Adopted by the ETUC Executive Committee at its meeting on 10-11 March 2015
The political change in Greece is an opportunity, not only for that crisis-ridden country but also for a fundamental reassessment and revision of EU economic and social policies focusing on failed austerity and structural reforms of the labour market.
We highlight once again the criticism already voiced on many occasions in the past by ETUC: right from the outset, the key conditions under which Greece receives financial assistance did not deserve the label ‘reform’. The billions of euros that have flowed into Greece have been used primarily to repay existing debt stabilise the financial sector. At the same time, the country has been driven into deep recession by brutal cutbacks in government spending that have made Greece the most heavily indebted country in the entire EU. The consequence is a social and humanitarian crisis without precedent in Europe. One third of the population is living in poverty, the welfare state has been hugely weakened, the minimum wage cut by 22%, with discriminatory conditions for young people; the collective bargaining system and other protections for those still in work dismantled; while the burden of taxation on the lower income groups has been increased. Unemployment now stands at 27%, while youth unemployment exceeds 50%. Access to education has been curtailed. Many people do not have the means to pay for food, electricity, heating and accommodation. A large share of the population no longer has health insurance and can access medical care only in emergencies. The election results are a consequence of these failed policies. .
All this had nothing to do with reforms designed to address Greece’s actual problems. None of the country’s structural problems has been solved, but additional ones have certainly been created. This has been a policy of cutback and destruction, not rebuilding. Genuine structural reforms worthy of the name would have led to the emergence of new opportunities for economic development rather than driving a highly qualified generation of young people abroad. Genuine structural reforms would have included serious attempts to tackle tax evasion. Genuine structural reforms would have tackled clientelism and corruption in public procurement.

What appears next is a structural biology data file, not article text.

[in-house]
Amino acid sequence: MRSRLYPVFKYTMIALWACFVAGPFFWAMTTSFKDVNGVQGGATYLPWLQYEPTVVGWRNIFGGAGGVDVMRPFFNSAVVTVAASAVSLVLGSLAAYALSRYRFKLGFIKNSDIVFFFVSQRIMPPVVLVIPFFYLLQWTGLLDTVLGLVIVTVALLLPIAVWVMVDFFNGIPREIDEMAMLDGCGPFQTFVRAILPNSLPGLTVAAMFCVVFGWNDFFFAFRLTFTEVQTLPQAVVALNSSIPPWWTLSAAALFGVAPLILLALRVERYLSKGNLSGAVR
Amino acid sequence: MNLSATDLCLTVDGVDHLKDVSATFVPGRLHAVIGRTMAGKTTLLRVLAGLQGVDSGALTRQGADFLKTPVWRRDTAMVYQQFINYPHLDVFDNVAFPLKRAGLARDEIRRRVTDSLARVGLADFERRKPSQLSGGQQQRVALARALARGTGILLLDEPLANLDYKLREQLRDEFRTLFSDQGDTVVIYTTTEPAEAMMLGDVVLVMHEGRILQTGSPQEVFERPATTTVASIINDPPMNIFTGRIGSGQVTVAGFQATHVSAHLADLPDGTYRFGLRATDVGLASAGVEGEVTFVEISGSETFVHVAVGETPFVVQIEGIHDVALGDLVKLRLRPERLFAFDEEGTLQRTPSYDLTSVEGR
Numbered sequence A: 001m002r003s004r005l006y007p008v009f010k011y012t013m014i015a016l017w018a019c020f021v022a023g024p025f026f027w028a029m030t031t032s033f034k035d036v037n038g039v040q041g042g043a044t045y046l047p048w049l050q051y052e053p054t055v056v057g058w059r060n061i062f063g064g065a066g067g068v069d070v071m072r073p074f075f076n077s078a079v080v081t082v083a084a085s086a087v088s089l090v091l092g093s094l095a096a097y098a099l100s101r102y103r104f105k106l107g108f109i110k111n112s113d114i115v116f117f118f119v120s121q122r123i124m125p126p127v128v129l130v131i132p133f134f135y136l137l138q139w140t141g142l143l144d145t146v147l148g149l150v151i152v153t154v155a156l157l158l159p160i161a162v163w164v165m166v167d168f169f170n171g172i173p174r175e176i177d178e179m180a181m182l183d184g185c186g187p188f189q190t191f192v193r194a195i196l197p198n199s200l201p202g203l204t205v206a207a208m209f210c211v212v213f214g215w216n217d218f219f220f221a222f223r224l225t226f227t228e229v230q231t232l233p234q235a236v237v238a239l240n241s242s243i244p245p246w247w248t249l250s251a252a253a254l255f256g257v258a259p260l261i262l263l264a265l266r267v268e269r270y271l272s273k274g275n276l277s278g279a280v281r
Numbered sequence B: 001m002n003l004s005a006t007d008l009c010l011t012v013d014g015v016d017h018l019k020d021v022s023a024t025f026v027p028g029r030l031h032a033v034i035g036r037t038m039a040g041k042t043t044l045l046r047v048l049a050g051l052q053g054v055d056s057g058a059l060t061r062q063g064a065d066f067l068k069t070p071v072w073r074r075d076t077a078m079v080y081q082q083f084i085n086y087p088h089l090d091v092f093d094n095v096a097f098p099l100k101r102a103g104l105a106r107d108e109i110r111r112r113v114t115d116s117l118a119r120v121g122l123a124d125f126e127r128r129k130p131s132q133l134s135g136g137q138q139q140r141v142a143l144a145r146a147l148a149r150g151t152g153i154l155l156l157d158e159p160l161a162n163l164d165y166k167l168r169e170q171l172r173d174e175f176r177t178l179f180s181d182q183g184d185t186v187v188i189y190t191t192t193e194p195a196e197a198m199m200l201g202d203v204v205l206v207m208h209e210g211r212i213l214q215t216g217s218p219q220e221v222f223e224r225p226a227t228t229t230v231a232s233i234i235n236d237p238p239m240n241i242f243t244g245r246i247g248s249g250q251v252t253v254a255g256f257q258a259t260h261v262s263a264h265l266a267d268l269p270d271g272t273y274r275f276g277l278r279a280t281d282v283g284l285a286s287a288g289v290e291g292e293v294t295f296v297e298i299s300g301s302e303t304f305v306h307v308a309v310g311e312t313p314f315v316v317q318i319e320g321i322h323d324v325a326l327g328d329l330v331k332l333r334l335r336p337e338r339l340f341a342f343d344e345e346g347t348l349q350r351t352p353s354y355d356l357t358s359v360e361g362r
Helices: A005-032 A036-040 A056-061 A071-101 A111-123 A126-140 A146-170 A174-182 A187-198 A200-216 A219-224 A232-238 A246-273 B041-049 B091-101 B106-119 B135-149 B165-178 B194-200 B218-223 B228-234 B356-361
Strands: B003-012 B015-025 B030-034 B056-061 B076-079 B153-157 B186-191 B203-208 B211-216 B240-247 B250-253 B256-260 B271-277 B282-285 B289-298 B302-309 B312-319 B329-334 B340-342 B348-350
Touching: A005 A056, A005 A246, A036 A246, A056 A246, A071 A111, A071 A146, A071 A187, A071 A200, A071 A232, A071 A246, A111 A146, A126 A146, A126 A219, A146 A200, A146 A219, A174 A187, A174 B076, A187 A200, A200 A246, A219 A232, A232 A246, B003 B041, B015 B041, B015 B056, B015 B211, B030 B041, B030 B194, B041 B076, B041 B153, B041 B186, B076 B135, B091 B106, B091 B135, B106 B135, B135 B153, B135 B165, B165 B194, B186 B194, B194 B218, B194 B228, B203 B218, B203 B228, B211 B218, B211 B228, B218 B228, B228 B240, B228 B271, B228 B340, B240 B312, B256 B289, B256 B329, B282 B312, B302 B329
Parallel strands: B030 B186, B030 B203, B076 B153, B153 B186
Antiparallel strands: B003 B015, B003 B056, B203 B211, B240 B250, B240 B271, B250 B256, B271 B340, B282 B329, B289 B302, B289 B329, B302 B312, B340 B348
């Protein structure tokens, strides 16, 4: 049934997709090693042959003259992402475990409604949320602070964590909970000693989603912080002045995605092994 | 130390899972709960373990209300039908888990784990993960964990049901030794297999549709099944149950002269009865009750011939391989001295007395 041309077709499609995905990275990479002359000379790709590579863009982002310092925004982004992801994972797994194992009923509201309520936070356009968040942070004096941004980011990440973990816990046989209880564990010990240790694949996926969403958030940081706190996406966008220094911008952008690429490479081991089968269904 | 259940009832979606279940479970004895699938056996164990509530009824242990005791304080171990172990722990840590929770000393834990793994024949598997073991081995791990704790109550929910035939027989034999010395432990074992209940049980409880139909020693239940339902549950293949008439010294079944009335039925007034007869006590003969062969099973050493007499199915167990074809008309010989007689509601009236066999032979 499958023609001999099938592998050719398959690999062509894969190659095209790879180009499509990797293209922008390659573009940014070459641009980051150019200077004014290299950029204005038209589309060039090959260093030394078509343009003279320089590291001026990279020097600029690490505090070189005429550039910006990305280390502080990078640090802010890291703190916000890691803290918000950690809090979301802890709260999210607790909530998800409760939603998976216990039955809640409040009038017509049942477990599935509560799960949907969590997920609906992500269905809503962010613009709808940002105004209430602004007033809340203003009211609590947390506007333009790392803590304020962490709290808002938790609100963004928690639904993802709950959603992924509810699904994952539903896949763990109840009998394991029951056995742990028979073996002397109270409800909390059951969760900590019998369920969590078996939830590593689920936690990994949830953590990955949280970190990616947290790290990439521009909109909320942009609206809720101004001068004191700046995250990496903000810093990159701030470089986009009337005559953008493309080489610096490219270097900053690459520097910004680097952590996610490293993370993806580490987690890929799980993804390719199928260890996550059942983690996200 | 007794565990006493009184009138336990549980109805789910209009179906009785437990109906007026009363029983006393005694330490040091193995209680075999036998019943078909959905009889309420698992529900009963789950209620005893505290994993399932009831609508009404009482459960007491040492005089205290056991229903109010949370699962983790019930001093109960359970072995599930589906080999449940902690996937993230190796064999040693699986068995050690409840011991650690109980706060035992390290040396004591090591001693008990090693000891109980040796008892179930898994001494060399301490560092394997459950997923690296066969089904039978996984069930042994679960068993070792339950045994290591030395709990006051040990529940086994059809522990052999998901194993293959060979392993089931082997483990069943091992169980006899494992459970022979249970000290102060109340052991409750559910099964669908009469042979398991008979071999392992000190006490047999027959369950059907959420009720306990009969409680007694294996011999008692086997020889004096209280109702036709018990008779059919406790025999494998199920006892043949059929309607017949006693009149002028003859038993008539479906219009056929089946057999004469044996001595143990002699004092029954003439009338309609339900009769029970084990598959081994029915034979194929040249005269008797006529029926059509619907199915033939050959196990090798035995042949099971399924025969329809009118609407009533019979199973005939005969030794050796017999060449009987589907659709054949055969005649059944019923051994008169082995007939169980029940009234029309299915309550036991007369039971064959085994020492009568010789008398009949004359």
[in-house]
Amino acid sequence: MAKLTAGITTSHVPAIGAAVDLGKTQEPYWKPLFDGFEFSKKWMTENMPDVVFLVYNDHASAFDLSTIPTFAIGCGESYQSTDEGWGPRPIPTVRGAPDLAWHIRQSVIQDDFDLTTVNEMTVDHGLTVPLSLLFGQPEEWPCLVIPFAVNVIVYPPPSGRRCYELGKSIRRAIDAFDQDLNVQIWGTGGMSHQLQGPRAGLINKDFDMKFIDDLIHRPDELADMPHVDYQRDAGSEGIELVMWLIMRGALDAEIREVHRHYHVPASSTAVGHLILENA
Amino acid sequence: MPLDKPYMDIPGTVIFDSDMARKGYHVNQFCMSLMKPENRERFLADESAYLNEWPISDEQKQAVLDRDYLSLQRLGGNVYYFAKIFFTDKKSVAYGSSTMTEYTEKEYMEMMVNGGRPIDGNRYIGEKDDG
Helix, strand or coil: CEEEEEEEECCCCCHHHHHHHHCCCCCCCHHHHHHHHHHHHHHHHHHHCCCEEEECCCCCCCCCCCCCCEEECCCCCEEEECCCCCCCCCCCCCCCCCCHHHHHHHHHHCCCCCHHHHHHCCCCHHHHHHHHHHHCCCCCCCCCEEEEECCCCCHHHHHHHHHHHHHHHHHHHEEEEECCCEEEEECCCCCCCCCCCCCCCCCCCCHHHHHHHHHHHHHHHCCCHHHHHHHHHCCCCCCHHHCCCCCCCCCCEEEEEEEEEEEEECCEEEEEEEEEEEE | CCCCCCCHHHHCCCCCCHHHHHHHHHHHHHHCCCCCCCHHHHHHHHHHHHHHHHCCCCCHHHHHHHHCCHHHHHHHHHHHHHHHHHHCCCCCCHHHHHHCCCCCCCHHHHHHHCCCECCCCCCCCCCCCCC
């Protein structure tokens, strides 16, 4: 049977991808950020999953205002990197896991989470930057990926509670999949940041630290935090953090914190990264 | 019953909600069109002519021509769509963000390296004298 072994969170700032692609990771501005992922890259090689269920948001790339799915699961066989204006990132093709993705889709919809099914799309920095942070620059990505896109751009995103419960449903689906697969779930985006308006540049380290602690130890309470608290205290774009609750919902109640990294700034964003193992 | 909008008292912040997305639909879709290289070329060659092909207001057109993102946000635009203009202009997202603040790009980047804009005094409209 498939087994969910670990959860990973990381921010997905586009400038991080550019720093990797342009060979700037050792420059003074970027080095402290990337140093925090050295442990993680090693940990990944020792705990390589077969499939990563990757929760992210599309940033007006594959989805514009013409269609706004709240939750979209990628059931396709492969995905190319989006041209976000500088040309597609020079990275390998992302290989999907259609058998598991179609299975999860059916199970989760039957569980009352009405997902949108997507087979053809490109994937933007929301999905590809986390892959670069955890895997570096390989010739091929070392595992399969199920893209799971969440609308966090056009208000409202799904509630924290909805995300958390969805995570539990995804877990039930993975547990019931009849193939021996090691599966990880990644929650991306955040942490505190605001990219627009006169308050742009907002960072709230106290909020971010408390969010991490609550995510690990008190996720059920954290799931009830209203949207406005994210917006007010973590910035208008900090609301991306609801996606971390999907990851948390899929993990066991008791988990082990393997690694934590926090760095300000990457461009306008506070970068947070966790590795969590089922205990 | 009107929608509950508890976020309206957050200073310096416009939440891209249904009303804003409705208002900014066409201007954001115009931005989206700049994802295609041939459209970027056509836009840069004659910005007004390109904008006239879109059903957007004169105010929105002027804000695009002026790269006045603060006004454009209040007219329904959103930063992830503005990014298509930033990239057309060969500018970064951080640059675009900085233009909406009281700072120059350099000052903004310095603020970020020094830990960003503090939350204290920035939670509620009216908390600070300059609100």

Unfortunately the note, recently presented by the presidents of the Commission, the ECB, the Council and the Euro group on preparing the next steps for better economic governance offers no perspective to change these failed policies.
However President Juncker's call on the Eurogroup to act to maintain the irreversibility of the Euro is welcome. A Greek - or any other country's - exit from the Euro area would only trigger financial turmoil detrimental to ordinary citizens and workers.
In all European countries, as in Greece, it is necessary to restore a strong industrial relation system and collective bargaining and to implement a large-scale European investment plan for sustainable growth and quality jobs- as demanded by the ETUC. The EU must also have a plan addressing the wider debt problem.
The European project needs to regain its credibility in the eyes of all European working people. The ETUC supports concrete action towards that end.